Setting up WiFi for a ‘Smart Home’ around most routers (especially the ones given to us ‘Free’ from our ISP’s) can feel like trying to run a Formula 1 car on AA batteries. Like its close domestic relative, the pre-combi boiler, (complete with massive copper tank filled with limescale) the router is associated with pain, suffering and weird computer-speak; IP address 192.168.0.1, Default Gateway’s, Proxy’s, PPOA/E and stuff you don’t want or need to know.
Google’s WiFi is here to change that. Better than your old faithful trying to wheeze WiFi across you whole house, its mesh system acts like a practiced barbershop quartet. Smaller flats can benefit from just one of its charming nodes, but Google’s WiFi really comes into its own when acting as an internet ‘supergroup’ in larger, or older houses with castle-like walls. The revolutionary idea is reliability, simple operation and consistent Wi-Fi coverage. Which sounds like an old idea, but it’s akin to the idea of having a modern smartphone with a battery that lasts for a week between charges, when it’s switched on and being used – completely unheard of.
Before you get too excited, every silver has a cloudy lining… You won’t necessarily be able to chuck out your minging, old, ugly router. That's because Google WiFi doesn’t have a built-in modem, but you will be able to hide it. If, like me, your ISP has given you their idea of a chic, discrete(!) box that houses both a router and modem, you’ll need to plug one of Google Wifi’s lovely, circular pucks into that, then disable the modem/routers wireless ability, and hand them over to your new Google gadget. Google WiFi is like upgrading from your nan’s analogue radio to a multi-room High Definition Audio, but it can't do much if your broadband is feeding it cassettes. This particular cassette being ADSL – ‘Non fibre’ broadband - basically if you’re on Virgin or BT Infinity it’s amazing. If you’re on ‘Utility Warehouse’ broadband, then set up an eBay account and flog your Google nodes and use the money to bump up your broadband. The old adage of ‘Crap in: Crap out’ applies here.
Google sells a £229 two-pack for medium sized homes, and you can add as many extra ones as you like, the handy Android/IOS app will tell you where to place them..
Back to the stars of the show – let’s just admire those little white cylinders for a moment. My current abode, a large 4 bed house with an annexe will need more than one of them, but anyone living in a modern two-bedroom flat or reasonable two or three bedroom house won’t need to scatter them around the place. The routers (and they're all individual routers, not Wi-Fi extenders) have a similar footprint to Google Home, which means they can hide away discreetly on bookshelves, desks or side tables. The light strip in the middle is there to tell you about any issues, but if all's well it'll glow a relaxing zen shade of…..turquoise. Unless your cat’s been chewing on the Ethernet cable again. If you need more than one WiFi ‘point’ – Google sells a £229 two-pack for medium sized homes, and you can add as many extra ones as you like, the handy Android/IOS app will tell you where to place them. Once they're in situ, you're just a QR code away from adding them to the mesh network.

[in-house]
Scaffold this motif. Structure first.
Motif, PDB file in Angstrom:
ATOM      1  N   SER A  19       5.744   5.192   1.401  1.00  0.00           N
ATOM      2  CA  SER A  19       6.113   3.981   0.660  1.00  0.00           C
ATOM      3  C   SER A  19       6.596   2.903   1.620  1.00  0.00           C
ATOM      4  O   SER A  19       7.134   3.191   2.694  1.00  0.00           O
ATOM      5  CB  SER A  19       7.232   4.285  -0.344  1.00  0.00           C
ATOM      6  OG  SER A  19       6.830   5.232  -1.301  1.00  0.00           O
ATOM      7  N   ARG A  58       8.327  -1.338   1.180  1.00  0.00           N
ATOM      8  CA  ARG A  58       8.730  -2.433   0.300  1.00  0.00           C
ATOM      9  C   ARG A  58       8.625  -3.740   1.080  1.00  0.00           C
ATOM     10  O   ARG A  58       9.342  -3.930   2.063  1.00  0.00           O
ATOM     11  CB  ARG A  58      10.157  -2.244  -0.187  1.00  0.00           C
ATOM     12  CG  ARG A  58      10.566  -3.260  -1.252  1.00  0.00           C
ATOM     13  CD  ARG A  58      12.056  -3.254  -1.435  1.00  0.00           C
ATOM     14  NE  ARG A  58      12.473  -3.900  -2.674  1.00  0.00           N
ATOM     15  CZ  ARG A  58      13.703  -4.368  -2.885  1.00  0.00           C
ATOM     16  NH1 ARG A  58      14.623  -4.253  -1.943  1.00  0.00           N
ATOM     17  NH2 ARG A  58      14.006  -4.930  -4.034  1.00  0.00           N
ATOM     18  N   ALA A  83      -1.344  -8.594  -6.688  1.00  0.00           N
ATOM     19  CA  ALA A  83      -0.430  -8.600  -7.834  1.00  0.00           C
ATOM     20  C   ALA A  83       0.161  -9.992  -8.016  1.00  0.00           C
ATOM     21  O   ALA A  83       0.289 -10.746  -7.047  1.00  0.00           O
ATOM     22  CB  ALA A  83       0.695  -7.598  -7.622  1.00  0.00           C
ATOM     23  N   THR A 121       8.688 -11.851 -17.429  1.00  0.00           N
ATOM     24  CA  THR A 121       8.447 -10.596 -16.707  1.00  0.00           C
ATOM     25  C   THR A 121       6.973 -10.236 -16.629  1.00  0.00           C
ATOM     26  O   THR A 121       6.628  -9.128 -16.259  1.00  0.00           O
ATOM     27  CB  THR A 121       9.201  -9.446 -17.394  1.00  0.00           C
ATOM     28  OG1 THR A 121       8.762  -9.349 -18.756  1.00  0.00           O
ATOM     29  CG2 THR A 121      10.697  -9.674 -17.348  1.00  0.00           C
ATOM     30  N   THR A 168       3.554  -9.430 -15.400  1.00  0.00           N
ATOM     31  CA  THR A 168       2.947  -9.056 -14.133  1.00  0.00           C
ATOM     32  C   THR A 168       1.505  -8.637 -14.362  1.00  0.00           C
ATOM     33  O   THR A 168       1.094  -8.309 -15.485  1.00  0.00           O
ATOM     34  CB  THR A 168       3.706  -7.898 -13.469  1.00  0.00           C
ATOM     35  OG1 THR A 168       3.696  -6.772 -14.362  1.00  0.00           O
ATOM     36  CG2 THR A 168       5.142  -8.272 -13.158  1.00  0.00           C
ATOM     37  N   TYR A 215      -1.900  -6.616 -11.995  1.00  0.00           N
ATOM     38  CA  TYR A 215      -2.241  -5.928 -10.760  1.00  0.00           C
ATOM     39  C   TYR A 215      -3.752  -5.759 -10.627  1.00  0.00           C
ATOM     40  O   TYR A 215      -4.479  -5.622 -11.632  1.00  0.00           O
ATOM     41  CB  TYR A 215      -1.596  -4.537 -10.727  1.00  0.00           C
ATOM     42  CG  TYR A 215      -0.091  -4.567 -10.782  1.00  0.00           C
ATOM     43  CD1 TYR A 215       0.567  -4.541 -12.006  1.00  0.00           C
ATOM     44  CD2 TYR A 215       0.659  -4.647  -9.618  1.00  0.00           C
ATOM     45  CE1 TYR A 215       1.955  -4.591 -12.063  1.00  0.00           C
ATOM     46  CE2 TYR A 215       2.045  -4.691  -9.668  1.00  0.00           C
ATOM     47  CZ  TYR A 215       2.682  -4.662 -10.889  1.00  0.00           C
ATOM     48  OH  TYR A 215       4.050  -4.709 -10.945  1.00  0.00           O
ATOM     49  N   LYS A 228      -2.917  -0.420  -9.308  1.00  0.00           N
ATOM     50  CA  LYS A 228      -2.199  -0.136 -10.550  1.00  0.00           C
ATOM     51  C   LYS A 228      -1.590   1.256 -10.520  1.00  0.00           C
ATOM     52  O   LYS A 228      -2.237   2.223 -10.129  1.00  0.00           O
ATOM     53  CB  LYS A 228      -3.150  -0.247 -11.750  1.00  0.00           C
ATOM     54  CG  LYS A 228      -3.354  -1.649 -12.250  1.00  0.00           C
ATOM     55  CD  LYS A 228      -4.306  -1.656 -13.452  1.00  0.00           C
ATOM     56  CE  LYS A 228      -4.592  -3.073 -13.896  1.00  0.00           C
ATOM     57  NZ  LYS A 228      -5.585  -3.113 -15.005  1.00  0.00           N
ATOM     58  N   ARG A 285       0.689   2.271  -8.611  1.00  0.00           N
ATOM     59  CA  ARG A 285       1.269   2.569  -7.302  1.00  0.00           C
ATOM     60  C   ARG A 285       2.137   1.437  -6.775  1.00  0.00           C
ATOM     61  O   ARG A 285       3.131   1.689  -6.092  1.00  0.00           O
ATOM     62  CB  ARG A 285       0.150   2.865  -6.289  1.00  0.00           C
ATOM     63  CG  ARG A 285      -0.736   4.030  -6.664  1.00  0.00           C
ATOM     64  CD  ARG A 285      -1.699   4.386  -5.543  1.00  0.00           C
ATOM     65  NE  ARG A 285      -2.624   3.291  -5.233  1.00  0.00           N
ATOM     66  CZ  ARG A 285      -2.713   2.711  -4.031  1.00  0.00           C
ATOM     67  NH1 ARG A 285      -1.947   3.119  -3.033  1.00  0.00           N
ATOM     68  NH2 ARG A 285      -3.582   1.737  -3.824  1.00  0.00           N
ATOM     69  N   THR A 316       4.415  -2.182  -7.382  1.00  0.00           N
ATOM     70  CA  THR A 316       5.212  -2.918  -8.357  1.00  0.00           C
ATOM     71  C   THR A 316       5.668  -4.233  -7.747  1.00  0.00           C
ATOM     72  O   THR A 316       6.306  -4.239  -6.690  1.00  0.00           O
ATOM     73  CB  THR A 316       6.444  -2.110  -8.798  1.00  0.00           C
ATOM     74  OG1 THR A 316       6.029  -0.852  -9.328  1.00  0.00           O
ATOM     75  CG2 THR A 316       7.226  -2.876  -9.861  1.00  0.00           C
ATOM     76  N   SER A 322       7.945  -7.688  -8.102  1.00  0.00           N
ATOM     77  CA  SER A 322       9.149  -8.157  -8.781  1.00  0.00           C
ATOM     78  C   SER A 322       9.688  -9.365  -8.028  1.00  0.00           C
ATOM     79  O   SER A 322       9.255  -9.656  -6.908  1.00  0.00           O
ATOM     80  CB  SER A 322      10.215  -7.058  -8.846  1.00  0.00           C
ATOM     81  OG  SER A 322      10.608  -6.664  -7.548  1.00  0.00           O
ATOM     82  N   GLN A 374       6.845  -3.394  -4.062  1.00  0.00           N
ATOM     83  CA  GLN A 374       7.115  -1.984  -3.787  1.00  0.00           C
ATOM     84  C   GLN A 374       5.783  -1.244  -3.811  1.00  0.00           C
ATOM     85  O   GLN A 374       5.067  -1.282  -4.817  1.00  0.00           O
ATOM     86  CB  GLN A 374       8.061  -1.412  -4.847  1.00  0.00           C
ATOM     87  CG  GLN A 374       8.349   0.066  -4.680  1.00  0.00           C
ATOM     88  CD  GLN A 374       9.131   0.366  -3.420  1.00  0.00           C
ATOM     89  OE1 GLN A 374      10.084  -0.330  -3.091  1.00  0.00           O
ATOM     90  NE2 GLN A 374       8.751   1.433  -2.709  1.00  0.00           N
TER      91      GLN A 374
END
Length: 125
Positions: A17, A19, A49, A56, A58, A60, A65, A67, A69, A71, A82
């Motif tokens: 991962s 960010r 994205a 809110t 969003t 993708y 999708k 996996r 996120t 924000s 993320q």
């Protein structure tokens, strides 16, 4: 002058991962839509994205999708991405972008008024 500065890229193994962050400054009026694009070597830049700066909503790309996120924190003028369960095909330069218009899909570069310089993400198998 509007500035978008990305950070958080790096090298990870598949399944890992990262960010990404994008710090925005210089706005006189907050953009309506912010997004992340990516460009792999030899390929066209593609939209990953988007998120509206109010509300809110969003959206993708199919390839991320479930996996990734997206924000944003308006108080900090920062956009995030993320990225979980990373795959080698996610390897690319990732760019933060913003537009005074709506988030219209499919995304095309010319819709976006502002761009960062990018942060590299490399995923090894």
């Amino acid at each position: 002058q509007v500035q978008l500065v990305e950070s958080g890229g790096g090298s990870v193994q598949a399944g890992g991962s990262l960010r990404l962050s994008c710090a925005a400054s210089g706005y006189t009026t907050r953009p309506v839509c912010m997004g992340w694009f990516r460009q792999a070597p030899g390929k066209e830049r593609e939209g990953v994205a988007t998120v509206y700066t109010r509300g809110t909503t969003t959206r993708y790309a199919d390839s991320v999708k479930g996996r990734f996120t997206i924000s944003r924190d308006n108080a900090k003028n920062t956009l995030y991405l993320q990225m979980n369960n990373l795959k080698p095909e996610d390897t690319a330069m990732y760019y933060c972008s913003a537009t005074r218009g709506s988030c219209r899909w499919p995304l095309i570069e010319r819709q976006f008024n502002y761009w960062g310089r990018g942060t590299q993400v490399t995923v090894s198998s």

WT…….H is a Mesh Network? Google WiFi isn’t to be confused with WiFi extenders. Rather than simply rebroadcasting your router’s signal, a mesh network is a team of routers that work together to create a giant Wi-Fi bubble that encapsulates Chez Google. If you’re just looking to fix a small internet dead spot in your house, and otherwise have good Wi-Fi, then Wi-Fi extenders and boosters still have their place, but mesh networks ability to create a single, smart highway for your web is about more than just reliable WiFi - it also means more STABLE speeds and some nifty bonus features. If you ‘Netflik’ and your programme is stuttering because your entire family is watching 4K videos on twenty devices (and listening to the radio while on the phone at the same time…), you can tell Google WiFi to prioritise your device for a couple of hours via the app on your phone. Router apps, it seems, are the new telly remotes. You can go one up too. As well as making yourself King Ding-a-ling of the WiFi, in a menu called ‘Family Wifi’ you can set up a label and use it to group together any of your home's ‘internet of things’ connected devices. Time for dinner? You can now pause any consoles, Chromecasts or any other device in the group, temporarily freezing their internet. Prepare for war…
There are a few nifty gimmicks as well; When you need to share your WiFi password with a mate, you just share it to their phone with one touch in the app. You can already do this via QR codes and Samsung Tec Tiles (which use NFC) and are programmable and cool little gizmos – more about those another time. But this is quite handy, especially as you can also set up a ‘guest network’ in case you have visitors who are friends of friends, or just a bit sketchy looking...
There are cheaper alternatives out there, but they don’t look as nice, they are more difficult to set up and they don’t have at least two or three cool features that you’ll never use – the trifecta I insist upon before buying any new gadget.
For all but the most ‘Speed demon’, demanding, FTP, NAS, Static IP, Home Server users who only use WiFi to compensate for rubbish mobile signal indoors, most people surfing (streaming Netflix/Spotify/Amazon, gaming, web browsing, emailing or YouTubing), AC1200 speeds will be fine - and that's what Google WiFi offers. And you’ll love it. I promise